Let me start off with a public service announcement (in so much as my blog is a public service…) I sincerely apologize (again!) from my absence during the past week from the blogosphere. My professional responsibilities had piled up on me while I was away in San Fran, and it’s taken me long than expected to take care of things or delegate them to someone less fortunate. Almost coincidentally, I’d been afflicted with a mild form of PMD, or post-marathon depression that has left with me with a runner’s block and blogger’s block. Physically, my body also felt somewhat beaten up by the marathon, and is complaining most strikingly with a deep right upper thigh pain that escalates in severity when I walk right after a run. As a result, I allowed myself to take the last week completely off from running in order to prevent any further injury during my recovery process. I guess the long and short of it is that my running, similar to my blogging, had been taking a much needed and well-deserved hiatus.
Well, now that my two-week post-marathon grace period is over, I decided to announce to the whole world my return to running at the NYRR Team Championships 5M Run. For those who are unfamiliar, Team Championships is a highly competitive specialized race held annually to allow all the running clubs in the tri-state area to come together to decide who the top dogs/cats are in both the men and women’s divisions. Clubs are awarded points based on the order of finish, and the top 10 men and women from each club score points for their team. It was important we run well in this race because the points earned from this race are counted DOUBLE in the cumulative standings at the end of the year.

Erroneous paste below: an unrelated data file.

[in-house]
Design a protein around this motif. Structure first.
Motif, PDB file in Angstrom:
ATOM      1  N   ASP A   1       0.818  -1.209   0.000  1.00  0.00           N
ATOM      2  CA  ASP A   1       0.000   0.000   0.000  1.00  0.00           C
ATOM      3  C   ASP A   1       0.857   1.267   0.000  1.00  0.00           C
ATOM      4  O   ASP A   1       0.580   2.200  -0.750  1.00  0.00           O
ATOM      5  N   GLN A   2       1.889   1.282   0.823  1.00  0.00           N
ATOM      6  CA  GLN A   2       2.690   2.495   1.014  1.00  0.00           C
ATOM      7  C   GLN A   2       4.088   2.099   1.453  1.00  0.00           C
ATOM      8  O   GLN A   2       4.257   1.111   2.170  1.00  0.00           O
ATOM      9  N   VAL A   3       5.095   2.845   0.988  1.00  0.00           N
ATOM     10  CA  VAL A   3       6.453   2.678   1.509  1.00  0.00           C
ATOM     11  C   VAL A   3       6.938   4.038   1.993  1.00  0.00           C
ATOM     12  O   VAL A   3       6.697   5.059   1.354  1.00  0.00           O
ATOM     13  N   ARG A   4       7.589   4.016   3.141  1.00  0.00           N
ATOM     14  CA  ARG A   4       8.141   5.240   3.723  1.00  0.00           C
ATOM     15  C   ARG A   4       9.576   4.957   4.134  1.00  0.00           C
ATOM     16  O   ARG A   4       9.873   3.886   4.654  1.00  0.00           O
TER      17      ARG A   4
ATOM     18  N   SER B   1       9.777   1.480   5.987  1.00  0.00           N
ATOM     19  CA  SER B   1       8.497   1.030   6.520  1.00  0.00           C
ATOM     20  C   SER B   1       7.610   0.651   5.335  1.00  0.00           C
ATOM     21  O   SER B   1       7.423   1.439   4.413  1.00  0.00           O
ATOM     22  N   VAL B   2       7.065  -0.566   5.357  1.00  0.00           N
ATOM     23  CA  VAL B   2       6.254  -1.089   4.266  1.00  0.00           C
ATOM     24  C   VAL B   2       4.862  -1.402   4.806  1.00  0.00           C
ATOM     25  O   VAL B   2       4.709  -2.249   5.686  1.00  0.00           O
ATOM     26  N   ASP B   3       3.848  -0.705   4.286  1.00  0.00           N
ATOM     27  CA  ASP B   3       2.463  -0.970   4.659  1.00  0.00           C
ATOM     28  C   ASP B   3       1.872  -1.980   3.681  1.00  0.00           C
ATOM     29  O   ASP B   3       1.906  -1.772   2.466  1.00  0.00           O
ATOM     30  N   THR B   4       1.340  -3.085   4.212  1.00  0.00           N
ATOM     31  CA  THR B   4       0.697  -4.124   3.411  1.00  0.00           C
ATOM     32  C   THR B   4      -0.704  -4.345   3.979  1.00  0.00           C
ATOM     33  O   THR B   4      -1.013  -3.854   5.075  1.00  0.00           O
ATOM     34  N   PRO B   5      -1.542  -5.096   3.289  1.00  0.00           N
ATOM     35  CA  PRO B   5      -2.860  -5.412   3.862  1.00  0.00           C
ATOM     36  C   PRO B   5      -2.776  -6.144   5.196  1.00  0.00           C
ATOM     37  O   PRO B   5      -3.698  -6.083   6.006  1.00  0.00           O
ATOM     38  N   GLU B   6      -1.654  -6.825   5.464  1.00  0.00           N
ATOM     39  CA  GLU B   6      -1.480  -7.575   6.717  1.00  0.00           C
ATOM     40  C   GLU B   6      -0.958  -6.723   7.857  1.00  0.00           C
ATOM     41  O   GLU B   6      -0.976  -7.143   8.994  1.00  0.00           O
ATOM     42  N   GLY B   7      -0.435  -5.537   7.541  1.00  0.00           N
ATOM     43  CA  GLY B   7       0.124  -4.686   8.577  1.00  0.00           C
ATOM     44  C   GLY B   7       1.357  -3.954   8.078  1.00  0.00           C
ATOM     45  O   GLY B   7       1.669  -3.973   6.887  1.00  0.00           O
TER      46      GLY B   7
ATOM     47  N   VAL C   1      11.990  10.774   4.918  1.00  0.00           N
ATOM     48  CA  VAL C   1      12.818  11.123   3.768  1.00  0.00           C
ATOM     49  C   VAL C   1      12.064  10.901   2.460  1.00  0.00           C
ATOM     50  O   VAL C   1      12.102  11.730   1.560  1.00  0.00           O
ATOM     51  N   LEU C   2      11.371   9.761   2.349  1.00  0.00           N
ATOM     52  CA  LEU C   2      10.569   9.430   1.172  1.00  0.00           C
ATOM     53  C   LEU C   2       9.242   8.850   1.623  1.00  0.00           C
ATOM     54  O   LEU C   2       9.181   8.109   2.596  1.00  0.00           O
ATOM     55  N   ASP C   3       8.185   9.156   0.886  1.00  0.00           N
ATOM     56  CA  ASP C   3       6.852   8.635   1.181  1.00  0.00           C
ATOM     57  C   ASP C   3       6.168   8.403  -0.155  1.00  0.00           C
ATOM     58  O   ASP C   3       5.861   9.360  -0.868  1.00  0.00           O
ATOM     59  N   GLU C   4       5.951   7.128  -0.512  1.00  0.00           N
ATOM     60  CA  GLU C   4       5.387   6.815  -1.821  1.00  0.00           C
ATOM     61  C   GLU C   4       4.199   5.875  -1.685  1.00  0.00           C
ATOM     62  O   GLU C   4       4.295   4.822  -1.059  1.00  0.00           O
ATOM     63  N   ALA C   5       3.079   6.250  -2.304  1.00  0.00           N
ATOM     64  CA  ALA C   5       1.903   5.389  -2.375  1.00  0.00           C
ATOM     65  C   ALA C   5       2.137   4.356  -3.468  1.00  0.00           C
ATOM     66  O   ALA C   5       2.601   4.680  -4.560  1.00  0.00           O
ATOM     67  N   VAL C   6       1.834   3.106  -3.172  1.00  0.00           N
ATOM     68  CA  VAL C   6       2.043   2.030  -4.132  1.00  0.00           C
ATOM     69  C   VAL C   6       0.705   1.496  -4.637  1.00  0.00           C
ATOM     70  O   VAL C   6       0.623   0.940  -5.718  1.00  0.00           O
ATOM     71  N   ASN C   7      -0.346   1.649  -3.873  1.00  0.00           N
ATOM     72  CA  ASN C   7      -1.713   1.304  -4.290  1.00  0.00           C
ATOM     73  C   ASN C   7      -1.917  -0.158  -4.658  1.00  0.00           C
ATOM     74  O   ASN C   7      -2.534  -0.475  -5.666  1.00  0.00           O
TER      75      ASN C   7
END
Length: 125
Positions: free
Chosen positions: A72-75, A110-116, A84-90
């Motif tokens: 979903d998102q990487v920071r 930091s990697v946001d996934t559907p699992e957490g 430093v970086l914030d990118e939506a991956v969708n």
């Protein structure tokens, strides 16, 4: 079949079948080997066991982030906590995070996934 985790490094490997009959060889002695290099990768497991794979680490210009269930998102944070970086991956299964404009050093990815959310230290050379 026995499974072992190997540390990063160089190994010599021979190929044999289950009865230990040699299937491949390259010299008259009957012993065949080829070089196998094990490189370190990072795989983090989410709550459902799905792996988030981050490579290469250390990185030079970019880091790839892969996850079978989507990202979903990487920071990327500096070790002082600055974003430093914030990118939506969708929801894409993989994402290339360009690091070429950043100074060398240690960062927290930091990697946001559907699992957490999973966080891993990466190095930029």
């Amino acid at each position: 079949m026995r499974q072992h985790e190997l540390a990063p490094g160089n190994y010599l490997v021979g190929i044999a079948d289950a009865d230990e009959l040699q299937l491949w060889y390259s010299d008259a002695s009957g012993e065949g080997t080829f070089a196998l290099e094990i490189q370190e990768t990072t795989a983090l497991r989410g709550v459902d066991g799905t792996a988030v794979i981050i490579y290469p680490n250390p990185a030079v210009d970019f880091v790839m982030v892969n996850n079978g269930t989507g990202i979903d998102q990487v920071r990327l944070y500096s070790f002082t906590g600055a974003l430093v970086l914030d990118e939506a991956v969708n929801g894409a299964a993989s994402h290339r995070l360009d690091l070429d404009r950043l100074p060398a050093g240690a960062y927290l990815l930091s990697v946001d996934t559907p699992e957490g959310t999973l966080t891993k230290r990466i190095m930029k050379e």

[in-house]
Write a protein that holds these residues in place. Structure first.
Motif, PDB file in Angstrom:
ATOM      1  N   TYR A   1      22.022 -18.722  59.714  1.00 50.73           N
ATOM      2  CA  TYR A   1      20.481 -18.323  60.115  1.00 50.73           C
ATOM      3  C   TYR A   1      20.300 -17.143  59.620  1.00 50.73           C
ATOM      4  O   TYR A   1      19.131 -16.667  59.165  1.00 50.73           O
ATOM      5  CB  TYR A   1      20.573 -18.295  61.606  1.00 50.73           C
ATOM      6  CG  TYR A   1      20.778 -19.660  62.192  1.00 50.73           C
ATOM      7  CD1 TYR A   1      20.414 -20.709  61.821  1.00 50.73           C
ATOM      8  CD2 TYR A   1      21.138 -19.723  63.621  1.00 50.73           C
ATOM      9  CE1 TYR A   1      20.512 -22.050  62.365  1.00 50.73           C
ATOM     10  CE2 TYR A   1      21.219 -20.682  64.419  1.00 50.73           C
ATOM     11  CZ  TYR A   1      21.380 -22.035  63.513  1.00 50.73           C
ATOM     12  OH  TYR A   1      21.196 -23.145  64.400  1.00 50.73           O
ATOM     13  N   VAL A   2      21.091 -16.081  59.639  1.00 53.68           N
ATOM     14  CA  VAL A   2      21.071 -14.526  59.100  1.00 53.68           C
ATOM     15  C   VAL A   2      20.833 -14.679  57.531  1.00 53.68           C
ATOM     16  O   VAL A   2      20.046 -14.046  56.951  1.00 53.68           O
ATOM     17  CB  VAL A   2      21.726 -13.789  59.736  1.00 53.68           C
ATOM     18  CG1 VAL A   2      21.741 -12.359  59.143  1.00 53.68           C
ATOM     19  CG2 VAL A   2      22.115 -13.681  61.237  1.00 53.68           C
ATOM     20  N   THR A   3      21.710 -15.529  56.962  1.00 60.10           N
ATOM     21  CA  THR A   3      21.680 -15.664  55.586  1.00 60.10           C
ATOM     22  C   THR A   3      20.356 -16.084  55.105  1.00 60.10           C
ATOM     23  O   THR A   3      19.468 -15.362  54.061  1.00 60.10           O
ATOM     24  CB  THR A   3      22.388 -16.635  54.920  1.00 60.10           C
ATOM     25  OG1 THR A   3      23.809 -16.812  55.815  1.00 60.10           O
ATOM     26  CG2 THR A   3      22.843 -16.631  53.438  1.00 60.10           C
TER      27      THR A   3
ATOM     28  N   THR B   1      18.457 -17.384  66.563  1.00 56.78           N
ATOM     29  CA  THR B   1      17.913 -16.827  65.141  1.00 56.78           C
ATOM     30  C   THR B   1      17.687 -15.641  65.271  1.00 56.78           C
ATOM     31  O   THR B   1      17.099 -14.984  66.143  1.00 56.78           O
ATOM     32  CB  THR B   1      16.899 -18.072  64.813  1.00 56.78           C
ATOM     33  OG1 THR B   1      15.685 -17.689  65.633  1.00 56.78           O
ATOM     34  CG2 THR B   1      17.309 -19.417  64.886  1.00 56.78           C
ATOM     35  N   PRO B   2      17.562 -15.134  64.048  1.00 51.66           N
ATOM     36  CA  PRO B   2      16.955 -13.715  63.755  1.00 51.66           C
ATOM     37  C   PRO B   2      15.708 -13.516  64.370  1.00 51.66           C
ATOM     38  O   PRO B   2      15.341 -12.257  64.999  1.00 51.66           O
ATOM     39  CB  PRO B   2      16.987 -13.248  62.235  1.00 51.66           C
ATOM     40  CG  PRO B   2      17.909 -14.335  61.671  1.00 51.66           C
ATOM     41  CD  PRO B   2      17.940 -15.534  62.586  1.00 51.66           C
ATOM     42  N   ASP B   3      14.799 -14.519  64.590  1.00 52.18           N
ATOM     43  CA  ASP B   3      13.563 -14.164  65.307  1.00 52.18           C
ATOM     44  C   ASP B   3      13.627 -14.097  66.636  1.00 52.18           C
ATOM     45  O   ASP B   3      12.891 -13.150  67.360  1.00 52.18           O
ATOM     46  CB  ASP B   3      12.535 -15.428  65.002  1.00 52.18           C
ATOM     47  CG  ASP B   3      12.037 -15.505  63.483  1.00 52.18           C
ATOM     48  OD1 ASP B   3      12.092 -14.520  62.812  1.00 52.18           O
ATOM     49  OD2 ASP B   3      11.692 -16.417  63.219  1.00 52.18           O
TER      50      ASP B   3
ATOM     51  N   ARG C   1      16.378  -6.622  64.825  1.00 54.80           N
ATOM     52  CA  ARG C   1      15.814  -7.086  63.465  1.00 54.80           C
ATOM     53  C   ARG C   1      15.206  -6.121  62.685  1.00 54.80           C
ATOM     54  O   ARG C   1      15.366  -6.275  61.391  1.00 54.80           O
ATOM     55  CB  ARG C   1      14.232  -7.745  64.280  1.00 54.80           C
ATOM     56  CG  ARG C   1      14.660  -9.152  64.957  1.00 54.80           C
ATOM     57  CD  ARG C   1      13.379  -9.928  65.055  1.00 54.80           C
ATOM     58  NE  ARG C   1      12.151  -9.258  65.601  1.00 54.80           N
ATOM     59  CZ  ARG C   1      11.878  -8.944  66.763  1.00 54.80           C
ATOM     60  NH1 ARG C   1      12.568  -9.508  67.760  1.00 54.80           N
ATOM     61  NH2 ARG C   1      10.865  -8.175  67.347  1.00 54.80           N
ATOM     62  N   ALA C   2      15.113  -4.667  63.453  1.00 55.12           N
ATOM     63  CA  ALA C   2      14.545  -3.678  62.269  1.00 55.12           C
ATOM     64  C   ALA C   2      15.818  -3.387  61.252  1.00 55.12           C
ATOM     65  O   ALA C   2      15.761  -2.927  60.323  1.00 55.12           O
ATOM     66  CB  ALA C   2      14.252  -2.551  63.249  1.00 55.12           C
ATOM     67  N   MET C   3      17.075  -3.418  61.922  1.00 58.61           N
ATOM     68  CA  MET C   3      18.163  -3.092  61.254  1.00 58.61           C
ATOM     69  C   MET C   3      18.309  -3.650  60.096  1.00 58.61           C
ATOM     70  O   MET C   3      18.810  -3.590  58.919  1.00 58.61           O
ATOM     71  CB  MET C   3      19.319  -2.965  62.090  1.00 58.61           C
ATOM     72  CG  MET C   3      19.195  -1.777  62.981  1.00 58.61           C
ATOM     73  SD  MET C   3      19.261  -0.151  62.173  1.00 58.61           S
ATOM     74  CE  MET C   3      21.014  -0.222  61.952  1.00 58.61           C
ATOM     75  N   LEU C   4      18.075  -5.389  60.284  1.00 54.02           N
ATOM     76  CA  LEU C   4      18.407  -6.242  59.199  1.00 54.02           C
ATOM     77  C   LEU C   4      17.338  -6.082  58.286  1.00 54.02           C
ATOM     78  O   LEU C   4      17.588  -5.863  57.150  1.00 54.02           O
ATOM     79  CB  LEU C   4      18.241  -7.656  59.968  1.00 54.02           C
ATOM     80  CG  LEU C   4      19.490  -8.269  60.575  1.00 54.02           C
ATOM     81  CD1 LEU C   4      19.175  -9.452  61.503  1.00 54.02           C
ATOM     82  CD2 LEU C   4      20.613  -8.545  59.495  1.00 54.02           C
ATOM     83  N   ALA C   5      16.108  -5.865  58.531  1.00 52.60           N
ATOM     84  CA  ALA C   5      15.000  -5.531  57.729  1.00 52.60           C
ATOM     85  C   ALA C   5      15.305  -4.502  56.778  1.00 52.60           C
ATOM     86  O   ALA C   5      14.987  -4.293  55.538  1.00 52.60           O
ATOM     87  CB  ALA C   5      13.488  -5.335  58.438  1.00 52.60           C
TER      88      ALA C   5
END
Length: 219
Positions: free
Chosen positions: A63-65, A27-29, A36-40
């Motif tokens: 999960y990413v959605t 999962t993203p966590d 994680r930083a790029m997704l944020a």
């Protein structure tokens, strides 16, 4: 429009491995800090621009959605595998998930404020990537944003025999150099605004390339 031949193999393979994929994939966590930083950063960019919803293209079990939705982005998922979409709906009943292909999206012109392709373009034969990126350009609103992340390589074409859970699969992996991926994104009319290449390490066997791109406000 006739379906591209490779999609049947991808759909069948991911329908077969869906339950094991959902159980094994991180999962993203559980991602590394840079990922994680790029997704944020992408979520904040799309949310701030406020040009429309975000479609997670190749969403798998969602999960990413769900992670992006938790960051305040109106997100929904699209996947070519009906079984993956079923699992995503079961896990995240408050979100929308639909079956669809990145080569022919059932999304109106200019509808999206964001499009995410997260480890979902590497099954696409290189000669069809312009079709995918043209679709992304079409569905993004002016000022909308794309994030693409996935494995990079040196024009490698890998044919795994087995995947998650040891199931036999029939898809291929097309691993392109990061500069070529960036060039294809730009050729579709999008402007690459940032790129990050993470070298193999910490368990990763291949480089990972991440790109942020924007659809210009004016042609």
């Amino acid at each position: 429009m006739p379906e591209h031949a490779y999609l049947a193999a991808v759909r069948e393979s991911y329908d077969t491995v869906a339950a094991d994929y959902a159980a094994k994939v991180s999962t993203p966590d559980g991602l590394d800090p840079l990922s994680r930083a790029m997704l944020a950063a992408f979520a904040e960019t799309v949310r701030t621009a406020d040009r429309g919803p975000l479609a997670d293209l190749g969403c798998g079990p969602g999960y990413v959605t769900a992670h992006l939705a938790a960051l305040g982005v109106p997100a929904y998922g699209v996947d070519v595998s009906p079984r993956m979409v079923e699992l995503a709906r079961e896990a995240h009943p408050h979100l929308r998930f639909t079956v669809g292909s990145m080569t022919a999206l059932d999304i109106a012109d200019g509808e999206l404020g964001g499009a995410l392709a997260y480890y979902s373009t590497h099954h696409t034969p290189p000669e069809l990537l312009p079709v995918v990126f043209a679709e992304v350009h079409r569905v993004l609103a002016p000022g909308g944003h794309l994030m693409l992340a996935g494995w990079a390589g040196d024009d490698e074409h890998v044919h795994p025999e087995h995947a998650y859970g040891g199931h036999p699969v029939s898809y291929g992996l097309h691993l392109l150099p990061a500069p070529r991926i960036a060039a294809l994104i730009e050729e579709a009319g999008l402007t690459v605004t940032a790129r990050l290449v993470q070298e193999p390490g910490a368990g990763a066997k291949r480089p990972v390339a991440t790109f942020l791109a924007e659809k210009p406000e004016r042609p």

In retrospect, I had every reason to lay an egg in the race this morning. As mention before, I hadn’t been running for a week, my right upper leg was sore, I hadn’t slept well in days (damn you, late night Olympic coverage!), and I was working so hard the previous day that I completely forgot to hydrate. Still, I had high hopes and expectations coming in to this race because I suspect that my intense marathon training may have had some carryover effects on my short game as well. Because I had no idea what my current speed and endurance is, I was planning to use my race results to calculate my training paces for the next marathon training cycle.
I arrived at the starting line extremely focused to run a good race. The air was cool, the sky was blue, and there was even a gentle breeze blowing over us as the runners took their positions at their respective corrals. Since the race was restricted to runners belonging to a team and the men’s race wasn’t as crowded as it ordinarily is for a NYRR race. I was assigned to the second (red) corral this time around. In my mind, I knew that in this competitive race field, I was hardly elite. I was surprised to see all of the Flyer men who are usually much faster than me lining up in my corral. I wondered aloud who the first corral start was reserved for if all the sub pace people were lining up with me. I was rather intimidated by their presence, so I introduced myself, exchanged some pleasantries, and took my starting position a few steps behind them.